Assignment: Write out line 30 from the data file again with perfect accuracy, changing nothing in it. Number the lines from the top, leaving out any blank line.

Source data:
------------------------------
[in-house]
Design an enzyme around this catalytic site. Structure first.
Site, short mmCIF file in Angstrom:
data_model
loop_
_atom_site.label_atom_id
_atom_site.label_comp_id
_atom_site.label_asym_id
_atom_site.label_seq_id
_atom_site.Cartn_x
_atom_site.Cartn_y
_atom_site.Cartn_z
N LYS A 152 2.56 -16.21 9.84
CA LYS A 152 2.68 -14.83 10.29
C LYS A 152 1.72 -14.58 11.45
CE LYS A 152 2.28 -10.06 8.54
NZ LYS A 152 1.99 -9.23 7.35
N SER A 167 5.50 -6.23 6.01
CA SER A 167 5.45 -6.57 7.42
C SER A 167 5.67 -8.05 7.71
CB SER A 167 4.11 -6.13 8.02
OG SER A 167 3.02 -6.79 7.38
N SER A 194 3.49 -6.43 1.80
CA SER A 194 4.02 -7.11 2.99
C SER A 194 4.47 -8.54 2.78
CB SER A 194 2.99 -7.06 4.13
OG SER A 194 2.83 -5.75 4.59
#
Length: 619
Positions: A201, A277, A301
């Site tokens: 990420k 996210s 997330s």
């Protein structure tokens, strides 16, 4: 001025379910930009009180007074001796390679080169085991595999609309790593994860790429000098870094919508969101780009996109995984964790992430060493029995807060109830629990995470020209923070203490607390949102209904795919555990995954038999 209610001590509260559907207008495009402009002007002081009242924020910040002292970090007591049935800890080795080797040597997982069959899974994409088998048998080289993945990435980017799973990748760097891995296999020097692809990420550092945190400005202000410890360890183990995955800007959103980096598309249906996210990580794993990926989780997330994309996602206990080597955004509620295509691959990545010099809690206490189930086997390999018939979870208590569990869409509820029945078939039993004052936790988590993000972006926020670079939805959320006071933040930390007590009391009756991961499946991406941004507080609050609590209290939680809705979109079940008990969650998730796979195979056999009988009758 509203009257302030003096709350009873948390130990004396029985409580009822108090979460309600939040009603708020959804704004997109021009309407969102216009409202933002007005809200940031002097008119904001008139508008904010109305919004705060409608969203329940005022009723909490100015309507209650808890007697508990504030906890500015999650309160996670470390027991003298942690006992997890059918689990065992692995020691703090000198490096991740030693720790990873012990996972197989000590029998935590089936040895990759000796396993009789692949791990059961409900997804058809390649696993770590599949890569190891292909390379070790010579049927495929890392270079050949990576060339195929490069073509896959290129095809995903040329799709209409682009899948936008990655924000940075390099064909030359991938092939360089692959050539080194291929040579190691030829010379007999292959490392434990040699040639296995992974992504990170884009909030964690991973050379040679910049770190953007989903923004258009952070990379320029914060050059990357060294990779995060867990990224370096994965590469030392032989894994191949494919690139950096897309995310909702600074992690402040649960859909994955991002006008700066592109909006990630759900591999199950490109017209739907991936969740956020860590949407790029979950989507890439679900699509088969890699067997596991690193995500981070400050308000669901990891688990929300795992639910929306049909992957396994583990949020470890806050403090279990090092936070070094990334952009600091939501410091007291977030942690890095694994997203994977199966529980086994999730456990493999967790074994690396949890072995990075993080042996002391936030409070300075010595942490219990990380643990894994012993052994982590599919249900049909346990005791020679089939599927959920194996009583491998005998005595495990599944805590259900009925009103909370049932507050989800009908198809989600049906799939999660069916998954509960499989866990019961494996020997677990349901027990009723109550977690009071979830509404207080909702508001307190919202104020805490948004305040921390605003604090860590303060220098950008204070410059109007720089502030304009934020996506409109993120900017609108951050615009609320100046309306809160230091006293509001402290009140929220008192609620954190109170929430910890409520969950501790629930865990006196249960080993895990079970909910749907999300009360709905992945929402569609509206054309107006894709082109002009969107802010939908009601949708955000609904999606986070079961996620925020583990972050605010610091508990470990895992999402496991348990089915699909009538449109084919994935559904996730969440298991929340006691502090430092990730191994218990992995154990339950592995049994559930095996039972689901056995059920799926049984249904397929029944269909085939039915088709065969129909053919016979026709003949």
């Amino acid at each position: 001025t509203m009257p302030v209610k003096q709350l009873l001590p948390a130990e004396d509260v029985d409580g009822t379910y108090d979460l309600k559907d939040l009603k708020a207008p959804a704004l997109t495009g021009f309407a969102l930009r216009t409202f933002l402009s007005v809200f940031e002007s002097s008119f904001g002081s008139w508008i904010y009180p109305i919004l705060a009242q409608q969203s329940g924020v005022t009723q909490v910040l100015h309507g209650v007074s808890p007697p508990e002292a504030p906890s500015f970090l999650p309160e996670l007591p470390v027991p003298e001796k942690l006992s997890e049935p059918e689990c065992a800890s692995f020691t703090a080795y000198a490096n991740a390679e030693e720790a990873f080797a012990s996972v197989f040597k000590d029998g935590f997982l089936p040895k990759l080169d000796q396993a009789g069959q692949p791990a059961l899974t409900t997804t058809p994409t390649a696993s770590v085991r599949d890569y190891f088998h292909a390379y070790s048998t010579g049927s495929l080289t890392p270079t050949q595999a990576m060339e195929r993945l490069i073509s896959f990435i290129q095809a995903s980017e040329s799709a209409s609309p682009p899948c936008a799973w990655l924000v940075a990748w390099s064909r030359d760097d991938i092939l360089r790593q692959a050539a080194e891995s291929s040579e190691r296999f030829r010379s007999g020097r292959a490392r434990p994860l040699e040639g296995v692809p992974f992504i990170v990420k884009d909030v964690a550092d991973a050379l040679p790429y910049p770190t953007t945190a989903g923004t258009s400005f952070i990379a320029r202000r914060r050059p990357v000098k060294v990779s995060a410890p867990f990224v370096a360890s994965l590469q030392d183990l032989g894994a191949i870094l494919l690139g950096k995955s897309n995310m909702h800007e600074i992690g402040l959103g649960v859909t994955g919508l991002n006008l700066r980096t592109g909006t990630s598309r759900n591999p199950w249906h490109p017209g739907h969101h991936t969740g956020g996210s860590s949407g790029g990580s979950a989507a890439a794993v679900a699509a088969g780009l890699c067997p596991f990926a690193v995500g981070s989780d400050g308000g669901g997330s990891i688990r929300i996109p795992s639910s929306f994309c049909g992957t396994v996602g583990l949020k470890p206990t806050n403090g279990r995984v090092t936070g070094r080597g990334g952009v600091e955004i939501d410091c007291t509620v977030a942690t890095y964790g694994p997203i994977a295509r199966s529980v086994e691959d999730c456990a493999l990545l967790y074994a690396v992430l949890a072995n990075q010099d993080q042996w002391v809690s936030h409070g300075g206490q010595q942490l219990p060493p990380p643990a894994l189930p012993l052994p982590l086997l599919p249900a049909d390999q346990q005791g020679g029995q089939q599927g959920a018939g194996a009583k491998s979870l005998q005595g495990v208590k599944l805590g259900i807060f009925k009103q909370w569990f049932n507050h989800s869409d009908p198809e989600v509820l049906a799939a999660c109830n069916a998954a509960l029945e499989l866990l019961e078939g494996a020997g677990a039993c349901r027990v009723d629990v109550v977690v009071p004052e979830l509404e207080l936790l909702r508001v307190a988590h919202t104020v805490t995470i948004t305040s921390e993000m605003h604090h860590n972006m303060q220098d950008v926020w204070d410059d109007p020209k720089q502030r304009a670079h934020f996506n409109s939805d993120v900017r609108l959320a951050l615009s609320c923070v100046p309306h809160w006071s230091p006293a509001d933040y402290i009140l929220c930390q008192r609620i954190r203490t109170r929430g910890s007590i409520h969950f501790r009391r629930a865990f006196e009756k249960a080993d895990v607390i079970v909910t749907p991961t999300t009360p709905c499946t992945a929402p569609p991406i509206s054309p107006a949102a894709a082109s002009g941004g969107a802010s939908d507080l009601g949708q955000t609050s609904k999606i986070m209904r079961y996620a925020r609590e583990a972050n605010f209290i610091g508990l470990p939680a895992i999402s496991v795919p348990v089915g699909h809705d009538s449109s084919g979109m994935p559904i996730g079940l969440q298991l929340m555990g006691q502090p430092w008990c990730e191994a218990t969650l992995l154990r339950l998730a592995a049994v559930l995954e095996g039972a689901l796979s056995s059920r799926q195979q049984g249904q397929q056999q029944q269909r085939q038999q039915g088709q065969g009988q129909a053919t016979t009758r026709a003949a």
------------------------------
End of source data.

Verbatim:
Positions: A201, A277, A301